Walk into a wine shop today and you’ll likely find hundreds of brands and vintages, but most of them will be made from a handful of grape varieties grown in a handful of wine-making hotspots, like France, Italy, California, and Australia.
That’s ostensibly because those are the best wine grapes and the best places to grow them, but wine has been grown and made in a wide range of places for thousands of years and there’s an emerging movement to preserve and recover local grape varieties and winemaking traditions that have been lost or even stamped out over the past few centuries. Kevin Begos explores the twisting evolution of grapes and wine in his new book Tasting the Past: The Science of Flavor and the Search for the Origins of Wine.
"People have been tweaking grapes for eight-thousand years," he said. There was an artifact found in the Republic of Georgia that had a grape motif on it eight-thousand years ago. And a small wine making facility was discovered in a cave in Armenia six-thousand years ago.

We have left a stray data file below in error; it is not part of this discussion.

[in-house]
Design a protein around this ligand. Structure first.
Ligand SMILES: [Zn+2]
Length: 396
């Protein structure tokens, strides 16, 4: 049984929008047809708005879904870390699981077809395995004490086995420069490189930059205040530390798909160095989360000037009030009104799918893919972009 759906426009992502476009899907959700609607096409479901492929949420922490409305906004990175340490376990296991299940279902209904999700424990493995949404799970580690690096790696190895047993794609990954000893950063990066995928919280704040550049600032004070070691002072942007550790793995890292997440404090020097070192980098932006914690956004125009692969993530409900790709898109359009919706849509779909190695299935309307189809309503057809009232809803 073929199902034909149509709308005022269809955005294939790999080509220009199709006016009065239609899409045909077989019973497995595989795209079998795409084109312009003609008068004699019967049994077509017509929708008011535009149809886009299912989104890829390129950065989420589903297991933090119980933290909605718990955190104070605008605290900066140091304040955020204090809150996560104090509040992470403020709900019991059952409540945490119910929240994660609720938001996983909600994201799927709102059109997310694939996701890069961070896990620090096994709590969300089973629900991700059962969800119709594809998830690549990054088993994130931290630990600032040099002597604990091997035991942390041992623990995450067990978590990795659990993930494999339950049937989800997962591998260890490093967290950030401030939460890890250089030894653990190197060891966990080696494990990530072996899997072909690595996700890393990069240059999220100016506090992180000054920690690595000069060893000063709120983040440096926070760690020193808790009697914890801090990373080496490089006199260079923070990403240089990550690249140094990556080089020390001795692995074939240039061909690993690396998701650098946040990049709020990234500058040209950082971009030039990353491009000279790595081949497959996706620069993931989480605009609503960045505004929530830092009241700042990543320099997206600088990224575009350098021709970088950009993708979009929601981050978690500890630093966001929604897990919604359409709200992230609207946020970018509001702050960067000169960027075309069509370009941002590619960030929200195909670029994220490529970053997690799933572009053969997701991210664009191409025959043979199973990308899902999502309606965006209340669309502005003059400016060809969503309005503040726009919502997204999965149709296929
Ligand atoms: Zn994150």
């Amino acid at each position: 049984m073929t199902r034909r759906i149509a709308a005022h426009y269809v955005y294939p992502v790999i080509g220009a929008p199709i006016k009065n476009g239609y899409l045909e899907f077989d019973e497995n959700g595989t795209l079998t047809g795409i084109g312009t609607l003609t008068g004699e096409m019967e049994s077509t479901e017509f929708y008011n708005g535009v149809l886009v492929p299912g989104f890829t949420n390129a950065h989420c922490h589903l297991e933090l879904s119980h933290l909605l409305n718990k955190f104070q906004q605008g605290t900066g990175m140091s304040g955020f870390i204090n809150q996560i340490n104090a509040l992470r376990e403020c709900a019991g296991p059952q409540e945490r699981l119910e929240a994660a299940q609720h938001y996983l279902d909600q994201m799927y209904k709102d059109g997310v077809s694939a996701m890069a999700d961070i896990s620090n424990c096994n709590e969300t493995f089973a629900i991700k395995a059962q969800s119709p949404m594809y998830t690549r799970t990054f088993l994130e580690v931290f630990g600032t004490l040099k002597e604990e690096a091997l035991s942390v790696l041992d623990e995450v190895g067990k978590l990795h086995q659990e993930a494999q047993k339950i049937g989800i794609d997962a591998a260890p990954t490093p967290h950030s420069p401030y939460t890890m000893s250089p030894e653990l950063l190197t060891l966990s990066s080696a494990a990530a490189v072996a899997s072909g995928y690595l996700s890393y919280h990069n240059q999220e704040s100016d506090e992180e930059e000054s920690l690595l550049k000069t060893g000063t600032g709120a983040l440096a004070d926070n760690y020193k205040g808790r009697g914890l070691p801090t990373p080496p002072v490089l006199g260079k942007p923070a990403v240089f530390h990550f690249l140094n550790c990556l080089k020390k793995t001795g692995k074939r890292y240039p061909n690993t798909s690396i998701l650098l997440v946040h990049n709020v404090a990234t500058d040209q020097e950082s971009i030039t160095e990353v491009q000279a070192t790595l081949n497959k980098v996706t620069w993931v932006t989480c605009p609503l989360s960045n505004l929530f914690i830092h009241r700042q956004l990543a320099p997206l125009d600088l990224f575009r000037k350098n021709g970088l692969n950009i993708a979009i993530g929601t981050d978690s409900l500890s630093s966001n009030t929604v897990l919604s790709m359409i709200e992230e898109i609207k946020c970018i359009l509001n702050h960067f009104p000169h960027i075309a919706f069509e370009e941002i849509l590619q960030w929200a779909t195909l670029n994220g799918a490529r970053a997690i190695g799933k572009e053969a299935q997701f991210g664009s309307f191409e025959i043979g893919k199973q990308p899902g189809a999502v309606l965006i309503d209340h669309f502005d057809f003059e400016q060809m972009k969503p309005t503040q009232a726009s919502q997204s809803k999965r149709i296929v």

Back then, and in more recent history, wild grapes had hardly any fruit on them, and were mostly pits, so people started domesticating them and picking out the better tasting berries.
The type of berry matters, but when it comes to making wine, so do other factors: where it’s grown, how the winemaker treats it, and yeast contribution. “Yeast is like a bass player in a rock band. It's absolutely vital but not at the front of the stage,” said Begos.
There are about fourteen-hundred types of wine grapes, but most of them aren’t widely used. In fact, it’s basically just a handful of grapes that are the big producers. That can be a problem, says Begos, “Some leading grape scientists say that by just focusing on five or six French grape varieties we’ve actually stopped those from evolving because they’re propagated by cutting and not seeds.” The grapes are more and more inbred in this case. “We’re loving them to death,” he said.
There is a movement to change that however. People are starting to seek out and preserve local varieties that their grandparents may have grown. ““I think it’s the equivalent of the slow food movement finally coming to the wine world,” said Begos. And fortunetly, he said, some of them taste quite good, even by critics' standards.